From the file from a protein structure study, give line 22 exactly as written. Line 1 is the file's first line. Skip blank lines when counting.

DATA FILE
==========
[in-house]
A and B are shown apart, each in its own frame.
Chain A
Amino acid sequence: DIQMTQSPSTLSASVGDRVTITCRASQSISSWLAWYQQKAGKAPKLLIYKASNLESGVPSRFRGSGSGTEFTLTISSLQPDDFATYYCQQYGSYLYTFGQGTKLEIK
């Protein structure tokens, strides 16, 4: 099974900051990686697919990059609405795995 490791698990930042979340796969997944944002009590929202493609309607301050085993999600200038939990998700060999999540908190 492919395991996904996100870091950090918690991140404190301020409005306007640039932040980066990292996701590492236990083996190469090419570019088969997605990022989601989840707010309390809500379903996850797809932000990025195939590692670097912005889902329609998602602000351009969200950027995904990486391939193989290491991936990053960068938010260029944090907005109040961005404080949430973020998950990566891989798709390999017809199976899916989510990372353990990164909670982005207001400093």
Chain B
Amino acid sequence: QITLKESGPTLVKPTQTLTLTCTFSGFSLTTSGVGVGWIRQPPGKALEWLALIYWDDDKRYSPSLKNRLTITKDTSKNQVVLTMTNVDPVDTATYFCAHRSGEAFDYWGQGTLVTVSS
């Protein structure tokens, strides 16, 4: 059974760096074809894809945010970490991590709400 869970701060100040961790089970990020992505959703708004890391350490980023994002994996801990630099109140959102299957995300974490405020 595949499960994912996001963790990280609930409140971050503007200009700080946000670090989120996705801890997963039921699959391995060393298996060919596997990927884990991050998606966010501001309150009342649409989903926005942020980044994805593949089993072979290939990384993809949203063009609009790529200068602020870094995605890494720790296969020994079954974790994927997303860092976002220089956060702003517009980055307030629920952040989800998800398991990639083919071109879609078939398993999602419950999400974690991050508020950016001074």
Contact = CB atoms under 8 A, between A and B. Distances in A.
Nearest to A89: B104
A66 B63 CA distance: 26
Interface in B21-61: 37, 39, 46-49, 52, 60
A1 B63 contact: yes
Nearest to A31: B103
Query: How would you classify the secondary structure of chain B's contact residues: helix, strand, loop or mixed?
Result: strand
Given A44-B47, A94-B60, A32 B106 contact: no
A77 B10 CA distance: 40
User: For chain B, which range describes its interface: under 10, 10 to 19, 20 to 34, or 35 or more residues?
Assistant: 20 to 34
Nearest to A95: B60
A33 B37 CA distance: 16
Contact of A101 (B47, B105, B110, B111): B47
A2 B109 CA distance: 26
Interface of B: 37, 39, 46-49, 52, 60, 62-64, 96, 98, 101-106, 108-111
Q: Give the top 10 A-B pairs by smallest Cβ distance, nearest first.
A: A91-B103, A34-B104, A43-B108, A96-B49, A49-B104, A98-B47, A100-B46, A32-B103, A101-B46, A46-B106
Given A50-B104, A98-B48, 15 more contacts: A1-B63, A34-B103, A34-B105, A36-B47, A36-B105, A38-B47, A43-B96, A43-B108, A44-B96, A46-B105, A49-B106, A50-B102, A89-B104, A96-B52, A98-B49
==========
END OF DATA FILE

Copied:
A33 B37 CA distance: 16